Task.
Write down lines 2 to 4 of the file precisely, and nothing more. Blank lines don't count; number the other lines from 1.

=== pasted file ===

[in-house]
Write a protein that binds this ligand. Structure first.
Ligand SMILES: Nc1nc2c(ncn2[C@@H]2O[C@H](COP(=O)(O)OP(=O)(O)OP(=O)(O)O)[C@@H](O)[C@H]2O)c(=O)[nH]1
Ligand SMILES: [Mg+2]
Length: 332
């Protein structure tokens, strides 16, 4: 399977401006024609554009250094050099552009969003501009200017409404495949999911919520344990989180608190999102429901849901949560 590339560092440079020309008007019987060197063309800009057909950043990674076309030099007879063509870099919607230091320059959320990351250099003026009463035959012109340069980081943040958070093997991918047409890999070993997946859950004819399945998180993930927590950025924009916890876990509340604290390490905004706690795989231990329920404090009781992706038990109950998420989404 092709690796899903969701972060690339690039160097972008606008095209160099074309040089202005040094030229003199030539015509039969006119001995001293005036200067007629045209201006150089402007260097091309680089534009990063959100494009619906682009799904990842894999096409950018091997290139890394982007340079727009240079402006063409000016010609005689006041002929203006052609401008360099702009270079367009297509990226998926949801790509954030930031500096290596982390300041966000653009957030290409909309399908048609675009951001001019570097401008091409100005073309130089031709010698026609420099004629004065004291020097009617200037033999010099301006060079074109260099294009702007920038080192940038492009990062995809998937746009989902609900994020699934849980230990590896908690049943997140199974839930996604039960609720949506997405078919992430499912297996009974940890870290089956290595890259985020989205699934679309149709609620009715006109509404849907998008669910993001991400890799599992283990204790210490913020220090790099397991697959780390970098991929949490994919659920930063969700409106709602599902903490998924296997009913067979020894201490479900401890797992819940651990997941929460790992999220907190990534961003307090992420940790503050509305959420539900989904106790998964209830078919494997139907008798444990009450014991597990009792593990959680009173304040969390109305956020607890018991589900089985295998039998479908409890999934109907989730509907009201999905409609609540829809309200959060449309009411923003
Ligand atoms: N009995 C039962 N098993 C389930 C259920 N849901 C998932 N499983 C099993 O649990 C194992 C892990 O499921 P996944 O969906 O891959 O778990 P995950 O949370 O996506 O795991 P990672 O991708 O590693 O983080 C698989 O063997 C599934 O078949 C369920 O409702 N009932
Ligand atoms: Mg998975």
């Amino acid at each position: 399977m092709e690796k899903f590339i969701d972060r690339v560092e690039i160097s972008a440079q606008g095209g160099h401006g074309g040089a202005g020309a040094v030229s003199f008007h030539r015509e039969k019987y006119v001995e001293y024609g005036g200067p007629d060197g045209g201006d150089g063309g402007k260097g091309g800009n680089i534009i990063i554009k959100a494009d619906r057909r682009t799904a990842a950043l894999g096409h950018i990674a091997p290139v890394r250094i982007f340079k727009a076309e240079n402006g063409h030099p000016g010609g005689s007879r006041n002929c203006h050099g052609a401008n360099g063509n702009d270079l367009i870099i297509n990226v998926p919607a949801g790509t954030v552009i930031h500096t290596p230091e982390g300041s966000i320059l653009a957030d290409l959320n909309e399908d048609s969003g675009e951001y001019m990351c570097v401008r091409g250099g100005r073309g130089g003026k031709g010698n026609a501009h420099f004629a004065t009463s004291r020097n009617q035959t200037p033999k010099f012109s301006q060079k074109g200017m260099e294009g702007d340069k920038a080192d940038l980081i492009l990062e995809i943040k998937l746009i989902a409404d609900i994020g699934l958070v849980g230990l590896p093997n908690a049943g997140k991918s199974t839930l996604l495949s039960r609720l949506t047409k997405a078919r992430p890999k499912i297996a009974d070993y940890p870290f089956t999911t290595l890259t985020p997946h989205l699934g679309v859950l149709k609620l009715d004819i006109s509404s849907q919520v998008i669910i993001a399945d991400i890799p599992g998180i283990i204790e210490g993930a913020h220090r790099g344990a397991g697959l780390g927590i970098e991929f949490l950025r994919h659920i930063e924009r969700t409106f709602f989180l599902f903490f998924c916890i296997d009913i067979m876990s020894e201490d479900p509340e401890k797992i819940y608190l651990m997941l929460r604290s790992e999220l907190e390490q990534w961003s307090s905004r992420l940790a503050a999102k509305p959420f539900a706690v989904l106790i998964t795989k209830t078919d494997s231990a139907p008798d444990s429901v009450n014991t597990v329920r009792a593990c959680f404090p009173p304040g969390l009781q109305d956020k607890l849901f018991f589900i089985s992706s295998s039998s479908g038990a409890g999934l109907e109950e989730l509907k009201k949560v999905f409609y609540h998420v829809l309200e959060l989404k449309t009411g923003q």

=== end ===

Write a protein that binds this ligand. Structure first.
Ligand SMILES: Nc1nc2c(ncn2[C@@H]2O[C@H](COP(=O)(O)OP(=O)(O)OP(=O)(O)O)[C@@H](O)[C@H]2O)c(=O)[nH]1
Ligand SMILES: [Mg+2]